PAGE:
Content: Rich Norman
Having given my first impressions of HAO’s stunning HK416A5 and then – as requested by readers – done a quick video pass over it, I thought I’d take some time to look at the details which have piqued my interest.
Remember, I’m viewing the A5 through the lens of having owned SGT’s mighty HK416D. Those are very big shoes to fill, especially at HAO’s significantly lower price point.
Benchmarks Established by SGT Which Have Been Implemented in HAO’s HK416A5
- CNC 7075T6 receiver set? Yes
- On spec picatinny top rail? Yes
- Solid upper and lower receiver, with no ugly wobble? Yes
- Steel barrel nut which precisely fits RS rails? Yes
- Gundrilled outer barrel with correct trades? Yes
- Perfect cylinder to hop alignment? Yes
- Inner barrel/hop group perfectly supported by precise fit of outer barrel? Yes
- Cylinder perfectly supported by precise fit of upper receiver? Yes
- Manufacturing error, meaning gearbox has to be shimmed to correct height? WAIT – NO!
Substantively, SGT’s HK416D upper was a work of art. Rail notwithstanding (it was an adequate but inaccurate VFC placeholder), it is yet to be bettered.
However, the Achilles heel of SGT’s kit was in its lower receiver.
It was not CNC’d to the correct depth at the base of the gearbox, towards the front of its footprint. This meant that the gearbox wasn’t as well supported as it should have been. It also meant the gearbox was not square with the top of the lower receiver, creating a poor mesh with the cylinder – if left unchecked.
In fairness to SGT, the company supplied a custom height washer which helped correct the issue, but it wasn’t the best fix. Nevertheless, Tackleberry was able to rectify the problem with a more robust solution. To be perfectly honest, once fixed it worked perfectly.
If SGT had ever moved beyond that version, its product may we’ll have been unassailable; but it’s testament to HAO’s engineering know how that structural problems are not part of their current 416 design lexicon.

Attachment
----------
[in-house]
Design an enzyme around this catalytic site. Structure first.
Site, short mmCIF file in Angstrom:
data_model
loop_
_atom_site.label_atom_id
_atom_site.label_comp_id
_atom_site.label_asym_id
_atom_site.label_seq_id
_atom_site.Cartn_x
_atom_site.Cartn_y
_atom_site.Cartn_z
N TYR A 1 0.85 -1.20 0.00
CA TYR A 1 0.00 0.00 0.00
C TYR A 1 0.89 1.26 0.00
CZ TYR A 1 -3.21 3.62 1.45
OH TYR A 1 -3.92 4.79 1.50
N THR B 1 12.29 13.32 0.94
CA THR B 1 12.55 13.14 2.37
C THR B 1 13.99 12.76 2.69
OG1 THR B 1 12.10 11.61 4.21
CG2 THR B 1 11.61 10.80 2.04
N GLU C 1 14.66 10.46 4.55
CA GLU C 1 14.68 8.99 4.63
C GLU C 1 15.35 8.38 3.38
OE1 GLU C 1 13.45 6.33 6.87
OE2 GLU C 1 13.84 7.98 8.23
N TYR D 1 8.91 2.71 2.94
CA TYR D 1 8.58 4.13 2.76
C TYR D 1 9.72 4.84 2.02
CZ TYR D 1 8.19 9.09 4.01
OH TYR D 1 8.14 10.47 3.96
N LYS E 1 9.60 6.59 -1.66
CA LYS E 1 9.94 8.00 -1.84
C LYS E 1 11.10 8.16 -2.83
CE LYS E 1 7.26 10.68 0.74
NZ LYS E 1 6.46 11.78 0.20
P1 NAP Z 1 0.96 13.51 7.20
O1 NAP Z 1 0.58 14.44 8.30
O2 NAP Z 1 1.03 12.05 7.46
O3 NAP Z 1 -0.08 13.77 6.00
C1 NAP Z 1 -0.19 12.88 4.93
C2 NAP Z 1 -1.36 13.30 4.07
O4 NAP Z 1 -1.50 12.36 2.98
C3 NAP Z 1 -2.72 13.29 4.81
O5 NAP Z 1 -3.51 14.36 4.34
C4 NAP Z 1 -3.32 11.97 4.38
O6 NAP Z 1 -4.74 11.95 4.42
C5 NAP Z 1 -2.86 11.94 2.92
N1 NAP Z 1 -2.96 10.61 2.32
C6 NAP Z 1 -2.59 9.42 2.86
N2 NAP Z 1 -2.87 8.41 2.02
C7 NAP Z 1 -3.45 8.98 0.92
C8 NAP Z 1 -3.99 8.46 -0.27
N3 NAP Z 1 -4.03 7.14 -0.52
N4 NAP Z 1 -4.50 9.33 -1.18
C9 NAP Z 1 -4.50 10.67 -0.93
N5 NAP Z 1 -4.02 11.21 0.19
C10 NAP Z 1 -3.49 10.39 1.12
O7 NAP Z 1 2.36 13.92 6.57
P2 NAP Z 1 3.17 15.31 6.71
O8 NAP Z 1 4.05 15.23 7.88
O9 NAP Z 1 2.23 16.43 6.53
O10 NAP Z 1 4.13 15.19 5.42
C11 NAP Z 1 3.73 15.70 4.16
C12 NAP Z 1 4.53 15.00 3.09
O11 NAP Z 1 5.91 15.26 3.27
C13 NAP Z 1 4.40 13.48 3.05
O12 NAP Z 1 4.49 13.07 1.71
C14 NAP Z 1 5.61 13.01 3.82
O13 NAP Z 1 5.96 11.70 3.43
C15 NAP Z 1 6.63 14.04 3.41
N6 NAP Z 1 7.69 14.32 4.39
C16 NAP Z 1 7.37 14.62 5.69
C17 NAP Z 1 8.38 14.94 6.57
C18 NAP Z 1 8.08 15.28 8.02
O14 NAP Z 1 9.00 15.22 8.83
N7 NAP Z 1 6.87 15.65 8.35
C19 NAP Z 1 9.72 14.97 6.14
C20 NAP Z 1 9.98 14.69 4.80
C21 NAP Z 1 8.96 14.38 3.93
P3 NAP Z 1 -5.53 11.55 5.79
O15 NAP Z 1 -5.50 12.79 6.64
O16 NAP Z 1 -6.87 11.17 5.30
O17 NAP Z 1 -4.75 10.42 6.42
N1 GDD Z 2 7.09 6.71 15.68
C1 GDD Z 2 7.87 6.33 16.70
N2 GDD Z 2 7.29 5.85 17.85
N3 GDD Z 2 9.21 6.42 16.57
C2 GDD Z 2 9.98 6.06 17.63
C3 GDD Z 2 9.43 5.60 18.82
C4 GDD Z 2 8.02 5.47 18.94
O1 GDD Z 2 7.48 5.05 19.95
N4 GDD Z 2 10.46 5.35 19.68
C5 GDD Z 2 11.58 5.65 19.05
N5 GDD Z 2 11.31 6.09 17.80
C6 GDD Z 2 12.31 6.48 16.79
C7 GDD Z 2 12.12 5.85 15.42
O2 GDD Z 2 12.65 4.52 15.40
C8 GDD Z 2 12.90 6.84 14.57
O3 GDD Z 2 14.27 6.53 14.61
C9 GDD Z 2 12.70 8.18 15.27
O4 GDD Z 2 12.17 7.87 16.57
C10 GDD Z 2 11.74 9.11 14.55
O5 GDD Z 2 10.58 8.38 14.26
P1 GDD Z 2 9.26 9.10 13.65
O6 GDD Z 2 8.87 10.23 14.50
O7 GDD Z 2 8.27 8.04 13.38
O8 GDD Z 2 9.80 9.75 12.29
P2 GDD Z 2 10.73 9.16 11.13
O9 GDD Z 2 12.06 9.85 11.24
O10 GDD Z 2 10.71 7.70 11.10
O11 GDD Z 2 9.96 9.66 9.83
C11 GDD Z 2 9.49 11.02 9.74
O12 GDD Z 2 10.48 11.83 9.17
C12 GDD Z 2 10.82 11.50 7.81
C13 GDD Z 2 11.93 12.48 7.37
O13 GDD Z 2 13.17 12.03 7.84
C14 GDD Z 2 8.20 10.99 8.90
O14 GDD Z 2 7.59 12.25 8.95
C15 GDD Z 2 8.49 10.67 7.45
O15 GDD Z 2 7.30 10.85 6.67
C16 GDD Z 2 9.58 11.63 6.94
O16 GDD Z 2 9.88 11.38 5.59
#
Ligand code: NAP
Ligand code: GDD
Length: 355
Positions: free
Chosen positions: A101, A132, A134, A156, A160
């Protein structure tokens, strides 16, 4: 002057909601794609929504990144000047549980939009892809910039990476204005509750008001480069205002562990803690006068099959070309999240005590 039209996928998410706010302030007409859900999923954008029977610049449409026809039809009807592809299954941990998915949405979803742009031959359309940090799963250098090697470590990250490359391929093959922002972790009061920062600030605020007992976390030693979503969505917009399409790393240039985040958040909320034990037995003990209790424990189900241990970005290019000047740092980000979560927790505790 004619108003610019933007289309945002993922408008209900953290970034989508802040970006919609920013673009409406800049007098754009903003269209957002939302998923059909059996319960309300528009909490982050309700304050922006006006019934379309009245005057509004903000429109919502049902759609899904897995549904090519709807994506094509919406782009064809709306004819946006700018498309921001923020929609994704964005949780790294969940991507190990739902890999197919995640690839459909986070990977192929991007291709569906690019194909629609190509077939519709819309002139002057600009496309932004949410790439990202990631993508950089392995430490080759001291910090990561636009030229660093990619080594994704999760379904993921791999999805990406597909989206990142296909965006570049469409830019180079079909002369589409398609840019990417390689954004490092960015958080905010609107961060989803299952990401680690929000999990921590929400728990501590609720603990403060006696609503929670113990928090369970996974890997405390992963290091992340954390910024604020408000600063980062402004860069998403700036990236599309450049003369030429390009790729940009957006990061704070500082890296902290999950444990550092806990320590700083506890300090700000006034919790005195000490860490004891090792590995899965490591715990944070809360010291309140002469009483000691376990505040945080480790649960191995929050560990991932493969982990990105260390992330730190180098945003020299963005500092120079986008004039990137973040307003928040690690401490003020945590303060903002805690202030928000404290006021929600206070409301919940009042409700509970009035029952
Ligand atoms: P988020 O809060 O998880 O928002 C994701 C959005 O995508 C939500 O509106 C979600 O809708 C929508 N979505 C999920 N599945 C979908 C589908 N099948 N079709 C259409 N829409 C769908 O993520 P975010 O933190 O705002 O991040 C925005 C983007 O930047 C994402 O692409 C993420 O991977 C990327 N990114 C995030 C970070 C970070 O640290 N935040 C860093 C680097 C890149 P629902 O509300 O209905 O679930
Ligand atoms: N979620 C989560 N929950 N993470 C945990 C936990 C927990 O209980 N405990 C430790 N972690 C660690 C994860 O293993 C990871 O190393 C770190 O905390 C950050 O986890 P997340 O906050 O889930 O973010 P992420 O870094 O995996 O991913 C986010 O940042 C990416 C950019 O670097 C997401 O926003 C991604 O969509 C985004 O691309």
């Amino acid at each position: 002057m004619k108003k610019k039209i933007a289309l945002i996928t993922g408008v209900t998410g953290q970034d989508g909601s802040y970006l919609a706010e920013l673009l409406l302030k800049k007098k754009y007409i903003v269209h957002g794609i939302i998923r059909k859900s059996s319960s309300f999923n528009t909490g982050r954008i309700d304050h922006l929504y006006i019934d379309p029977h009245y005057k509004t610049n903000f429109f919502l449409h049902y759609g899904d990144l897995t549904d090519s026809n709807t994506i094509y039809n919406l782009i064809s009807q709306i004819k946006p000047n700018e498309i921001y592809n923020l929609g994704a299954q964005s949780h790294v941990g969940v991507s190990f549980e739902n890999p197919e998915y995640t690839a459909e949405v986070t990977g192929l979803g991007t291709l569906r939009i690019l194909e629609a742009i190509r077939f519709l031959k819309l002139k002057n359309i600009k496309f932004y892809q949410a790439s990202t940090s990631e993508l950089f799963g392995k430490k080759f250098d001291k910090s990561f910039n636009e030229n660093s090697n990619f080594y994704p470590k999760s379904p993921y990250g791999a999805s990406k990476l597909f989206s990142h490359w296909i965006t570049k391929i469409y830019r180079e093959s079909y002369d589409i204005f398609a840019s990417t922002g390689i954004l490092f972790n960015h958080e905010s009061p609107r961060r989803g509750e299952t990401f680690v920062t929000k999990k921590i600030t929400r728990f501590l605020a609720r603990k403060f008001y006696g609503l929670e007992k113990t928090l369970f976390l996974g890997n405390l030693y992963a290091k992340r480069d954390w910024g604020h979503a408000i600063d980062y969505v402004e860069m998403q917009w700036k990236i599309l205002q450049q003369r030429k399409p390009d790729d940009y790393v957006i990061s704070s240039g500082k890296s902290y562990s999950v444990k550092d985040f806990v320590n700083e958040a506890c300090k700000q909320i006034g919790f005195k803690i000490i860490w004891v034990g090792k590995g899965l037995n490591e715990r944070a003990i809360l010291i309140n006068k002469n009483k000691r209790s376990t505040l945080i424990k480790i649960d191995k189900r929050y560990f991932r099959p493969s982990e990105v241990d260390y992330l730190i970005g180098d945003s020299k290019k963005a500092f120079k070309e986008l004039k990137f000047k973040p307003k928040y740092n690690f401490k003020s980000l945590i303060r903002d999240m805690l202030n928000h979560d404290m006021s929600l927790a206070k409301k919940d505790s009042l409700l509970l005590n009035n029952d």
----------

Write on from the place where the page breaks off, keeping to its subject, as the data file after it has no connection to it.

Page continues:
This caught your eye too, right?
Ambi Mag Catch Replacement
Today was an important one in A5 terms because HAO had rushed me a new ambidextrous mag catch, to replace the off spec one included with the kit.
Big thanks to Bismarck and Miguel – it works perfectly and serves to underline HAO’s honesty and integrity: admit the mistake, provide a solution, move on.
Makes me wish I was left handed:
Lots more pics now, plus a few words pointing out some of the A5’s salient features.
A decent steel bird cage flash hider with RS imperial thread. Could be a ballache for those who wish to swap this out; especially in countries where flash suppression devices are illegal (e.g. U.K.).
However, if like me you’re trying to get as close as possible to the ‘from the factory’ look, it’s a good quality hider and clone correct.
This is a very slick unit with mock-adjustment for normal and suppressed modes.
This is so nice. I want to say it’s parkerised. In any case it’s gundrilled and fits the inner barrel/hop group like a glove. This is important. You don’t want your inner barrel waggling about inside a baggy outer barrel, because it affects accuracy.
Also, the trades are sublime. You can’t see them with the rail installed, but that’s not the point. This is boutique airsoft.
Again, like the inner barrel/hop group to outer barrel fit, this is perfect.
Also note the serial number, which no one but you will see.
Unless you have a blog.
No placeholders here. HAO CNCs its own rails and they feature on spec picatinny. I’ve compared this rail to my RS A5 rail and it’s pretty much spot on.
The main difference being that the RS is hard anodised; the HAO is anodised but it isn’t done to mil spec.
To be fair, the sight post is roughly cast. The RS is more refined. The HAO sight pillar does glow in the dark, though – like the RS.
The retention bolt is the correct A5 slotted type and it is held captive within the rail, so it doesn’t drop out when the rail is removed. The only detail which isn’t correct here is that the RS A5 rail exhibits a black retention bolt.
Also note the welds. They are not as neat as HK’s welds on my RS A5 rail, but who in the airsoft market bothers to weld rails? HAO, apparently.
The A5’s magwell is flared to enhance mag changes (yes, we know) and angled like an M4 so that it accepts the widest range of mag types (unlike the 416D – yeah, we know that too).
But, a lesser seen thing I noticed about HAO interpretation of the A5 is that the inside walls of the magwell are smooth. Sounds obvious, but run your fingers inside a Prime magwell. It’s like sandpaper in comparison.
Does this affect function? No. But it affects quality and that’s what we’re all about, right?
Precise Upper to Lower Fit
Again, it’s great to compare yesterday’s hero Prime, to the HAO. Prime receiver sets are solid and prior to SGT they were the gold standard. Ironically, SGT’s early receivers were OEM’d by Prime, but let’s not open that can of worms.
Upper to lower fit does vary depending on Prime generation and the degree of shimming at the buffer cap, but this pic serves to illustrate HAO’s preciseness.
I’ve lightened the A5 pic to get rid of shadows, hence the weird DDC-like tones.
Prime, then SGT:
And for all you Victor fans (he was in one of yesterday’s videos) here’s the twat again:
Catch up on more RAL8000, here:
Fifty Shades of RAL8000 Part 1
Fifty Shades of RAL8000 Part 2
Fifty Shades of RAL8000 Part 3
Fifty Shades of RAL8000 Part 4
Fifty Shades of RAL8000 Part 5
Fifty Shades of RAL8000 Part 6
Fifty Shades of RAL8000 Part 7
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